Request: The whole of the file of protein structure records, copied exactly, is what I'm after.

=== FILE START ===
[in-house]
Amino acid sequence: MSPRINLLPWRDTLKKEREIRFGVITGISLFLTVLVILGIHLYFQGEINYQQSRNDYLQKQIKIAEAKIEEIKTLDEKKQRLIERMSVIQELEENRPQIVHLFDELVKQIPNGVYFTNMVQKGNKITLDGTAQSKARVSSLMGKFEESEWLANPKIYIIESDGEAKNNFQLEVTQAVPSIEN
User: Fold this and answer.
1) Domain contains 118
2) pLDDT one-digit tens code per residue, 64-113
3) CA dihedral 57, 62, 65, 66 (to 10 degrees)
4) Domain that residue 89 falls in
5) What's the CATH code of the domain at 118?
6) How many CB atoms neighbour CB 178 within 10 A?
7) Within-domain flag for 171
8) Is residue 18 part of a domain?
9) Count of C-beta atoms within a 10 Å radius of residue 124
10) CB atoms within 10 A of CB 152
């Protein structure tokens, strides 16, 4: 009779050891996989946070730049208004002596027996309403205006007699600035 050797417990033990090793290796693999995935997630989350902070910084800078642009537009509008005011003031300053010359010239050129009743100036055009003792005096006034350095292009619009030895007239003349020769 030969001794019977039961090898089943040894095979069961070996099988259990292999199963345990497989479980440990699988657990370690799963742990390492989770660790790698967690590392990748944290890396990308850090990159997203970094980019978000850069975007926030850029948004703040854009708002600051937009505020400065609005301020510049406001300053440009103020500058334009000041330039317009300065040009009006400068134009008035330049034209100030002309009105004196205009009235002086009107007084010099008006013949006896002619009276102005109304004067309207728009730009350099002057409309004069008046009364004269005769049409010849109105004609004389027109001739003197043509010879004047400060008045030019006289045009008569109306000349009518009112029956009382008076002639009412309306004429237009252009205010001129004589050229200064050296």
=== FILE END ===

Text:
[in-house]
Amino acid sequence: MSPRINLLPWRDTLKKEREIRFGVITGISLFLTVLVILGIHLYFQGEINYQQSRNDYLQKQIKIAEAKIEEIKTLDEKKQRLIERMSVIQELEENRPQIVHLFDELVKQIPNGVYFTNMVQKGNKITLDGTAQSKARVSSLMGKFEESEWLANPKIYIIESDGEAKNNFQLEVTQAVPSIEN
User: Fold this and answer.
1) Domain contains 118
2) pLDDT one-digit tens code per residue, 64-113
3) CA dihedral 57, 62, 65, 66 (to 10 degrees)
4) Domain that residue 89 falls in
5) What's the CATH code of the domain at 118?
6) How many CB atoms neighbour CB 178 within 10 A?
7) Within-domain flag for 171
8) Is residue 18 part of a domain?
9) Count of C-beta atoms within a 10 Å radius of residue 124
10) CB atoms within 10 A of CB 152
């Protein structure tokens, strides 16, 4: 009779050891996989946070730049208004002596027996309403205006007699600035 050797417990033990090793290796693999995935997630989350902070910084800078642009537009509008005011003031300053010359010239050129009743100036055009003792005096006034350095292009619009030895007239003349020769 030969001794019977039961090898089943040894095979069961070996099988259990292999199963345990497989479980440990699988657990370690799963742990390492989770660790790698967690590392990748944290890396990308850090990159997203970094980019978000850069975007926030850029948004703040854009708002600051937009505020400065609005301020510049406001300053440009103020500058334009000041330039317009300065040009009006400068134009008035330049034209100030002309009105004196205009009235002086009107007084010099008006013949006896002619009276102005109304004067309207728009730009350099002057409309004069008046009364004269005769049409010849109105004609004389027109001739003197043509010879004047400060008045030019006289045009008569109306000349009518009112029956009382008076002639009412309306004429237009252009205010001129004589050229200064050296």